Time and again we heard that you value our relevant content and our openness to explore new topics and new trends. From the Affordable Care Act, e-readers, to innovative space planning, we know that you are responding to rapid change and we want to support you through that. This brings us to the next area you most value: our broad range of topics and formats. We know you face a wide-range of individual and community learning needs and we aim to provide many resources and formats that will meet your needs and provide variety in how you learn. And finally, for most, it can go without saying, so you don't say it in the survey, but for many who literally type the words, we heard from you that our library-specific focus is practical and inspirational, providing new ideas and new energy!

"I love the variety of topics available. The ease with which I can search for resources by topic or area of interest is superb! Hard skills (software and tech) as well as invaluable soft skills (customer service, dealing with Advisory Boards, developing patron training)."

What is the one change you'd like to see WebJunction make?

First guest desker: Brian Oberkirch, image via lane becker on FlickrYou are busy and need to be able to find what you're looking for, and fast. Better ways to find webinar registration, the course catalog and content on our site was the most requested change this year. The good news is that kind of change is on the horizon. Login problems on webjunction.org have historically been the biggest support issue for our dedicated support team. We've worked hard to reduce the need for login at all - so now, when you access www.webjunction.org there's no need to login when you visit, search for content, read articles, download resources, or register for webinars. The content is there, and we want you to find it and use it. If you're interested in accessing our library-specific self-paced courses, when you visit our new courses catalog, you will need to create an account and remember your login. This login is necessary to provide the "start, stop, and return" learning experience you value and tracking your learning history and course completion certificates!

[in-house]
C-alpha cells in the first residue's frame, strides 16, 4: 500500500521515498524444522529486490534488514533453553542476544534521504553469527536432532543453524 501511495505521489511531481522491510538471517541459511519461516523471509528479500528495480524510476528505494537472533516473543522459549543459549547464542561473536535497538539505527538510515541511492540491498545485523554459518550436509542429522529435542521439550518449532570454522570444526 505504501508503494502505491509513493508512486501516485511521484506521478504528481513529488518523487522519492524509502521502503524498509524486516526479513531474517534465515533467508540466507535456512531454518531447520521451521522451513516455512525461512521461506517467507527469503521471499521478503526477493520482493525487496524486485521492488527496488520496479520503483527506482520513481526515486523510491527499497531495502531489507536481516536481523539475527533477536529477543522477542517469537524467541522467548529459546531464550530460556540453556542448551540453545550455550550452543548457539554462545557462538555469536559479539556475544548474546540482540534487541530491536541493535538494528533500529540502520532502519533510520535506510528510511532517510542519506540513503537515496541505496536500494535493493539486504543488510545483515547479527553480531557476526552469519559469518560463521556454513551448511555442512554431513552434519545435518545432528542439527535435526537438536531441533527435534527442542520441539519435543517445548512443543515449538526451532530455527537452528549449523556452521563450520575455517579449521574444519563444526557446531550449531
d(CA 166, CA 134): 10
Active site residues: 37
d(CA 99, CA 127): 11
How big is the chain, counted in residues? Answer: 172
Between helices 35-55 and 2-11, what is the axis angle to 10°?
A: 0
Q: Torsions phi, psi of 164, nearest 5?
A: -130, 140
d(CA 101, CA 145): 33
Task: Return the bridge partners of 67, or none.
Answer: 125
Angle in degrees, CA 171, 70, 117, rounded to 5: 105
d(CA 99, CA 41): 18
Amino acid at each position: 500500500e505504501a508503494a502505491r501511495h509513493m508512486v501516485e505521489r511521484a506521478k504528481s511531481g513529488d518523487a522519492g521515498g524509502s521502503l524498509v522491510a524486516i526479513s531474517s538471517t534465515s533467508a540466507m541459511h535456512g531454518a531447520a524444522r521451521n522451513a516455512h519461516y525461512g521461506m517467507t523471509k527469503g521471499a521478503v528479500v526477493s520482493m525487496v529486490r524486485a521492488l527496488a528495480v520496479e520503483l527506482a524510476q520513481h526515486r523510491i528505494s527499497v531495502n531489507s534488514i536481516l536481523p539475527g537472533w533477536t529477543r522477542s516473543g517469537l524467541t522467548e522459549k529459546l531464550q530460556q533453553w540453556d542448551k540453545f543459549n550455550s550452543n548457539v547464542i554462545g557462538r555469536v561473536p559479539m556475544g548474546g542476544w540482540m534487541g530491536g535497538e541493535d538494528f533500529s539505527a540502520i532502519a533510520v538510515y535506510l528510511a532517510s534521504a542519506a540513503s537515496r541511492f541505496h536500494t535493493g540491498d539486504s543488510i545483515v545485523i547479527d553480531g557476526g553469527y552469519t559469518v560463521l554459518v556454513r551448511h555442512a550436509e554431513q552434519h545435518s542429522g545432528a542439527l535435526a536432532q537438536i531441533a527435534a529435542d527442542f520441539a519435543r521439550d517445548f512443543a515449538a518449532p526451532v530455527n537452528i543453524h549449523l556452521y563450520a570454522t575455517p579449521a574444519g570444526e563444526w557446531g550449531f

You genuinely love learning. One of the items you've most requested is more content that goes a little deeper. What some of you called "deeper-dive content" is an exciting opportunity for us to continue to connect with practitioners in the field (that's you!) and share how you or someone you know is making a difference and building deeper competencies in areas focused around health, teens, makerspaces, patron training, early literacy, youth and seniors, to name just a few. Through our home page feature articles, live webinar programming, program resources, webinar archives or self-paced courses, we aim to provide a variety of content in a range of depths.

We heard from some of you that you'd prefer more information about what we do. We heard that as better marketing efforts. Whether that's upcoming webinars, new courses, new resources to read or new grant-funded programs, we heard that you'd like more opportunities to learn about this work and ways to connect. As a first step, we encourage you to visit our social media sites and we look forward to hearing from you there!

We love when you tell us were doing a good thing and you want more. This year was no different, you asked for more webinars and more self-paced courses! Through our post-webinar evaluations your direct feedback around topics of interest drive our webinar programming and help us assess where we should focus self-paced course development efforts. We want to add new course content that meets the highest need and will be most relevant. Areas around customer service, youth and teen services, all levels of library leadership and new skills for navigating an ever-changing world provide great focus for new course content. Do you have an idea for a new course? Tell us today!

One benefit of asking this question, is validating our most recent changes in WebJunction service. For many years, we heard you say that access to library-specific courses should be available to all interested in library-related learning. We couldn't agree more. Through the gracious support of a number of state agencies and funders, access to library-specific learning is free and available for you. If you haven't had a chance to visit our new library-specific course catalog, we hope you'll visit soon - even today! Visit our course catalog at learn.webjunction.org.

What are some of your favorite resources to help you do your job?

Aside from the gratifying number of people who mentioned WebJunction in response to this question, and removing some of the more general responses (articles, blogs, websites, journals, etc), here are some of the most popular resources respondents enjoy.


Satisfaction, image via Christopher Read on FlickrWhat else would you like to say to us?

Mostly, people wanted to say "Thanks!" To which our response is, of course, thank you! WebJunction has been a vital resource for library learning for more than eleven years now, and we're looking forward to many, many more.

Now it's your turn. Have something to add? Curious about any of our statistics, questions, responses, or anything else? Leave us a comment and let us know your thoughts. We may only run a big survey once every year, but we are always interested in hearing from you.